In the world of ever shortening product life cycles, the Rolls-Royce Phantom VIII is a serious outlier. At over 90 years, it is the world's oldest nameplate in cars and, as the numeric suggests, has been updated only eight times, only once every decade. There is no indication that the lifecycle is getting shorter. The current has come in a good 14 years after the previous one in 2003, which incidentally was also when the Phantom got its first truly modern avatar.
That itself is reason enough to celebrate the icon, best described as the most luxurious car in the world. But there are other more significant reasons. The current edition also happens to be the only time the Phantom has got a holistic update. In other words, it has been designed from grounds up and not based on the outgoing version. So, what can Phantom give what anybody who has Rs 8 crore to spare?
An All-New Heart
Unlike the prevailing trend where even luxury car makers are sharing platforms with mass market nameplates, Rolls-Royce is doing the opposite. Based on what it calls the "Architecture of Luxury", it is an all-aluminium spaceframe architecture, which will be the basis of all future Rolls- Royce cars. Specifically, it will not be shared with even the top-of-the line BMWs, the company that owns the iconic British brand.
"This realisation was a moment of clarity about the destiny of Rolls-Royce," says Torsten Muller-Otvos, Chief Executive Officer of Rolls-Royce Motor Cars. "Every one of our customers - each a connoisseur of luxury in the extreme - was asking for something more individual to them, not less."
"Key to Rolls-Royce realising its vision of being the world's leading luxury brand is an architecture that spans the entire Rolls-Royce family," says Philip Koehn, Director of Engineering. "The Architecture of Luxury will carry every future Rolls-Royce, not just the new Phantom. Project Cullinan and eventually the next Ghost, Wraith, Dawn, will ride on this architecture, as well as future coachbuild projects."
In effect, it will ensure that every Rolls-Royce car will be unique in a way. The new set-up is 30 per cent more rigid than the spaceframe architecture of Phantom VII and yet, thanks to the extensive use of aluminium, only a tad heavier at around 2.7 tonnes.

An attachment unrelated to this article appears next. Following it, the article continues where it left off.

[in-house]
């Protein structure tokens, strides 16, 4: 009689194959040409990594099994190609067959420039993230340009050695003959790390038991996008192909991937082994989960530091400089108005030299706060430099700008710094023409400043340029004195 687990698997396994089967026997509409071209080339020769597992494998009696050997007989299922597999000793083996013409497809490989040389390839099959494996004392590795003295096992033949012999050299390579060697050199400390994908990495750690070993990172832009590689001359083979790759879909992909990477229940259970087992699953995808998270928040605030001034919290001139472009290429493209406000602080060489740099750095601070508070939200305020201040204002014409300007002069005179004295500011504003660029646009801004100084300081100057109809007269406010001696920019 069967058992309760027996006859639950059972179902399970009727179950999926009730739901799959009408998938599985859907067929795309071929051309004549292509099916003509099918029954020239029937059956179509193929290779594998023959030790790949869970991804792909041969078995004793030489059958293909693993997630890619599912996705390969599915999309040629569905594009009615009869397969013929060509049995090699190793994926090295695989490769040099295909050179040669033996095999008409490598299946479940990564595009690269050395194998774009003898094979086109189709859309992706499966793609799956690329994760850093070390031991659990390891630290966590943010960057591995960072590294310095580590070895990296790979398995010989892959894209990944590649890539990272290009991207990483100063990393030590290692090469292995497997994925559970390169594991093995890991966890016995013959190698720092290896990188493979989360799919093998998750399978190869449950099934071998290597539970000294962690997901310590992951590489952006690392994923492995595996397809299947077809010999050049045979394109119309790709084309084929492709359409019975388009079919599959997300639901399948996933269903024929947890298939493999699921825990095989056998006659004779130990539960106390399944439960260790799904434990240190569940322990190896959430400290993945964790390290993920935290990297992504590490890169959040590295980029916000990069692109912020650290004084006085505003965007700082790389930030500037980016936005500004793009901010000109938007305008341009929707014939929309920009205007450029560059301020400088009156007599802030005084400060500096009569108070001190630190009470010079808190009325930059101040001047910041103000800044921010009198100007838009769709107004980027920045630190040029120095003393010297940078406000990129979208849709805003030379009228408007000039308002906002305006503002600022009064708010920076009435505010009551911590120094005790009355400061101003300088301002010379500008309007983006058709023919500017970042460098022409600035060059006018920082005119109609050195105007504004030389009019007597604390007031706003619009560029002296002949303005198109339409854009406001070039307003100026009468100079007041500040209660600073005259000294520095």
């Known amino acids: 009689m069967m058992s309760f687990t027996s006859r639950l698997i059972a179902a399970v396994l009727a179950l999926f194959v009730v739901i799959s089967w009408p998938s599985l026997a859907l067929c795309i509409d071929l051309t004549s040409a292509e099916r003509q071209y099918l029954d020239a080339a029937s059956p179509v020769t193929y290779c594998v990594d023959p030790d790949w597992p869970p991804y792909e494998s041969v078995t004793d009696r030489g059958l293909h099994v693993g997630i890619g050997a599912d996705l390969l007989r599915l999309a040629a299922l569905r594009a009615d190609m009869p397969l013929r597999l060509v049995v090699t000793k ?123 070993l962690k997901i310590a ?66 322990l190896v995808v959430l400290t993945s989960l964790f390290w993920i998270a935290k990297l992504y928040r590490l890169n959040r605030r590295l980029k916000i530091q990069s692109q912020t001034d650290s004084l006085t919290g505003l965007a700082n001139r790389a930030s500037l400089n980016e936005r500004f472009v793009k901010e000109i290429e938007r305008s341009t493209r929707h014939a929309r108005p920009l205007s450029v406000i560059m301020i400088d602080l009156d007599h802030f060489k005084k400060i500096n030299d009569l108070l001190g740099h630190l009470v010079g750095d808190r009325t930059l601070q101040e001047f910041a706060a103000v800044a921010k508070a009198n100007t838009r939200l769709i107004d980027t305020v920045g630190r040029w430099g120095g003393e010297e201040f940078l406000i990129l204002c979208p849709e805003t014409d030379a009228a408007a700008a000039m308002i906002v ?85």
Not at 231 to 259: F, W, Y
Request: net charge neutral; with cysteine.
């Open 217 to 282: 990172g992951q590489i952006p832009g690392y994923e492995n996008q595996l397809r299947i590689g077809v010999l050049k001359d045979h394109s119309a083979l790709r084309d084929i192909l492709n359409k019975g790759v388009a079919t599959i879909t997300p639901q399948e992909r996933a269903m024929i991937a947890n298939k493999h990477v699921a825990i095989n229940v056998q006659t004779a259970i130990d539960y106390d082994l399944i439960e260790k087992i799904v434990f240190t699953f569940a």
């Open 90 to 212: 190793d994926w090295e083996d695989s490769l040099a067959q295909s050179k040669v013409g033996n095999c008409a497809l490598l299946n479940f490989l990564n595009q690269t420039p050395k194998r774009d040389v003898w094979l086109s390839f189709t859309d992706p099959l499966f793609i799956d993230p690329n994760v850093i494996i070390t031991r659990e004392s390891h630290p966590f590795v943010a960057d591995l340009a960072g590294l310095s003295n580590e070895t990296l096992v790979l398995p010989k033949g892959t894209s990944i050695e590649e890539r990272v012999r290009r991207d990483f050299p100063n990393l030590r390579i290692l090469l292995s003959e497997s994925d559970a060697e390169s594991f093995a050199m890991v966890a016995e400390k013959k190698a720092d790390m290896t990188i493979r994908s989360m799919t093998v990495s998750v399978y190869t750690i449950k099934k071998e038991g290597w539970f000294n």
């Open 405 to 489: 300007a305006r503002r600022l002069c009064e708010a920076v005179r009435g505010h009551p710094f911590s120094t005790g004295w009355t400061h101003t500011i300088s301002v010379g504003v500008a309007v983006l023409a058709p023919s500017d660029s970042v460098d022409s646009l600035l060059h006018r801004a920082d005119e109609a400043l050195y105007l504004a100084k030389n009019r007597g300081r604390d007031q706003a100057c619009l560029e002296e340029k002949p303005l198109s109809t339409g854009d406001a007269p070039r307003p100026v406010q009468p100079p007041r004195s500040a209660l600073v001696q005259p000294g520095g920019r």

"Phantom VII's spaceframe architecture was a good starting point and inspiration, but we wanted to do much more," says Giles Taylor, Director of Design. "It gives me the canvas to protect the lineage and brand integrity of Rolls-Royce. Starting with the new Phantom, I have the framework to create a future range of true Rolls-Royces."
Apart from the increased stiffness, it also gets a best-in-class high comfort chassis with air suspension and state-of-the-art chassis control systems, for unparalleled ride and handling. A new double-wishbone front axle and five-link rear axle deliver astounding control. The company's Magic Carpet Ride has also improved as a result of the new lighter architecture and the latest generation of self-levelling air suspension. The suspension makes millions of calculations every second as it continuously varies the electronically controlled shock absorber system - reacting to body and wheel acceleration, steering inputs and camera information. In addition, there is a stereo camera system integrated in the windscreen to see the road ahead, adjusting suspension proactively.
Sound of Silence
An incredible amount of science has been devoted to making the new Phantom the most silent car in the world. There is a six-mm two-layer glazing all around the car, more than 130 kg sound insulation and the largest-ever cast aluminium joints in a body-in-white for better sound insulation. High-absorption materials are used. Acoustic insulation from road noise has been helped by double skin alloy on areas within the floor and bulkhead of the spaceframe. Noise insulation has also been done by inserting dense foam and felt layers between these skins.